This document contains background information for facilitators before they run the workshop with participants. It gives information on how the internet began and shows how its functioning has changed over time.
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The internet is a global telecommunication system of interconnected computer networks. Using the internet, users can access a wide variety of data such as videos, music, text, games, etc. More accurately, such web resources are accessible via the World Wide Web, which represents a service communicated via the internet. (Source)
While the concept of a ‘network’ may seem technical and even complex, it is important as a digital educator to understand the basic principles.
A computer network is a group of computers that exchange digital information. Within the network, computers are interconnected via physical (cables) and non-physical (Wi-Fi – ‘wireless fidelity’ – mobile networks, satellite links).
Being connected to a network does not necessarily mean being connected to the internet. Essentially, we are referring here to local area networks (LANs). The internet represents the interconnection of all LANs and therefore of computers and devices all over the world.
In order for two people to communicate between themselves, they must either speak the same language or pass via an intermediary who understands both languages involved. This principle is the same for a computer network, only that rather than languages, communication protocols are used. A communication protocol refers to the particular rules and procedures governing how a computer transfers information via networks.
Therefore, while computers can be interconnected to exchange information, their communication must respect certain protocols.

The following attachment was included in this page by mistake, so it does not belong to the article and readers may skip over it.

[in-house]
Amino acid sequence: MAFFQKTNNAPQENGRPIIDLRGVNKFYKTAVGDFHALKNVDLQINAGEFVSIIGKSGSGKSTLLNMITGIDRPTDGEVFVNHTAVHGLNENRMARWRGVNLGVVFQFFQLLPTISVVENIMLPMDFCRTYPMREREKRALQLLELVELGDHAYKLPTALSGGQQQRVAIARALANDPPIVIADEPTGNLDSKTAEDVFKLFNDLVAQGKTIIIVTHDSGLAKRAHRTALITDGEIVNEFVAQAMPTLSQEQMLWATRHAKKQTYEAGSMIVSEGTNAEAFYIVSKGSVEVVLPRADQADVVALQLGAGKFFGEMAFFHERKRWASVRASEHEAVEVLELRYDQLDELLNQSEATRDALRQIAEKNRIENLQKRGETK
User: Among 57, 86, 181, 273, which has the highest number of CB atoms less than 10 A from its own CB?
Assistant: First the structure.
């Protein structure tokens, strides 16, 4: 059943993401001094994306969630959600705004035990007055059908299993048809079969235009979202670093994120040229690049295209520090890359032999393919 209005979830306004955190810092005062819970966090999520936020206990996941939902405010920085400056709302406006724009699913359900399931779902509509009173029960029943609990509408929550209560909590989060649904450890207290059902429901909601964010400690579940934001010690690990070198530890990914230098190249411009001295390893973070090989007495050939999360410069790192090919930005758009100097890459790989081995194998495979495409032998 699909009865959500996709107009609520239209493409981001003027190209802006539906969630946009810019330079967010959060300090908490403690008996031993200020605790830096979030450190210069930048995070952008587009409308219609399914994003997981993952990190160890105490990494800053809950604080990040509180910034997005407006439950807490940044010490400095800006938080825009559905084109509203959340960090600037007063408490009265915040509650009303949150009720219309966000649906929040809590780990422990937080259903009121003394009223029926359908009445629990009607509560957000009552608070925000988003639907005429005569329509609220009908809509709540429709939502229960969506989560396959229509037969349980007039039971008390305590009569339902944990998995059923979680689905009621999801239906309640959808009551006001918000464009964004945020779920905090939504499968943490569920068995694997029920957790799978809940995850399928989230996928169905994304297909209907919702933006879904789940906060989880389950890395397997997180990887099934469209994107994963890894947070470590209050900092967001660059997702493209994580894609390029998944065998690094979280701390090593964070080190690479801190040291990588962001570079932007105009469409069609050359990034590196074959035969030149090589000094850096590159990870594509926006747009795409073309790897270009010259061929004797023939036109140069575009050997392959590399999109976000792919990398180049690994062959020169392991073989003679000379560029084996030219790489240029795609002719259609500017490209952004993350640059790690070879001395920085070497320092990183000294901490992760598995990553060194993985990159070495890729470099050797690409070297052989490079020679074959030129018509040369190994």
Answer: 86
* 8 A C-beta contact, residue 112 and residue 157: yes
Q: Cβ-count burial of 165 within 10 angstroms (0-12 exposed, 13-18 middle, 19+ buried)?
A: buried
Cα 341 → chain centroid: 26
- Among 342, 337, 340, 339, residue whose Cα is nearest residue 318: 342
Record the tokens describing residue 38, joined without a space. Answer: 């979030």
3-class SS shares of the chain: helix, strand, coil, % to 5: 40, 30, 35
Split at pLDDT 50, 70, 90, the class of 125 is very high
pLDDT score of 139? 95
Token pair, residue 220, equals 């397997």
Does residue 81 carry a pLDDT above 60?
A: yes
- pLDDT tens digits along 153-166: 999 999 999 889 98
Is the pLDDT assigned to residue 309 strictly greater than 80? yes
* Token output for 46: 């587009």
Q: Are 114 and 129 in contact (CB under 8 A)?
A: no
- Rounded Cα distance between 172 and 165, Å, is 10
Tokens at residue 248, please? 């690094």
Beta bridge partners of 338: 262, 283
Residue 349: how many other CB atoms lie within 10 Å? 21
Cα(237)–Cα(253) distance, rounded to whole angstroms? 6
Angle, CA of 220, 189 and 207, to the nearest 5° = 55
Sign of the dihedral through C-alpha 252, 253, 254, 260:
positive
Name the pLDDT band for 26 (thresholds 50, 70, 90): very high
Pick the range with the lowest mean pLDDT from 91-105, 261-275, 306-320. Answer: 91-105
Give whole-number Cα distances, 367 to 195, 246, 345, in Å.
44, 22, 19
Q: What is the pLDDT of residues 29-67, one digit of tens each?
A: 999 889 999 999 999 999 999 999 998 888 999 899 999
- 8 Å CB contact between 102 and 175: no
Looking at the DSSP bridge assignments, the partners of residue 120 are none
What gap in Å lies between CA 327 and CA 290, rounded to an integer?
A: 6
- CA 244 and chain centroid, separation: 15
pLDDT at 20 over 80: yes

Note: your computer can be connected to a network physically (wired connection) or wirelessly (Wi-Fi or mobile networks such as 4G). Regardless of the method, you need to use services of an internet provider (or, in the case of mobile networks, a mobile operator) to whom you pay a monthly subscription fee. Subscriptions to mobile operators usually entail a limit representing the amount of data consumed on a monthly basis, represented by gigabytes.
The internet was invented in the US during the 1960s. It was originally referred to as APRANET (Advanced Research Projects Agency NETwork). It was using this that Ray Tomlinson, an American engineer, sent the first emails. In the 1980s, three engineers created a new protocol (TCP/IP) designed to provide end-to-end communication, specifying how data should be sent and received. This was the protocol to which we owe the development of today’s internet. In 1989, English computer scientist Tim Berners-Lee invented the World Wide Web while working for CERN in Switzerland. This was based on the protocol HTTP and the programming language HTML.
Let’s recall some key dates :
- 1983: creation of Mosaic, the first web browser
- 1989 : first internet provider is established in Australia and the US
- 1998 : Google
- 2005 : YouTube
- 2006 : Facebook and Twitter
- 2007 : internet-connected phones become commercially available
For a historical overview, see this quite comprehensive graphical chronology.
Who can access the internet?
Many populations around the world still do not have access to the internet. Whereas most of the population of the global north have internet access, many people in developing countries do not yet have this privilege. See here for a detailed presentation of the data.
The Internet: Crash Course Computer Science
The World Wide Web: Crash Course Computer Science
(It is not necessary to have followed the other parts of this series to understand the material in these videos.)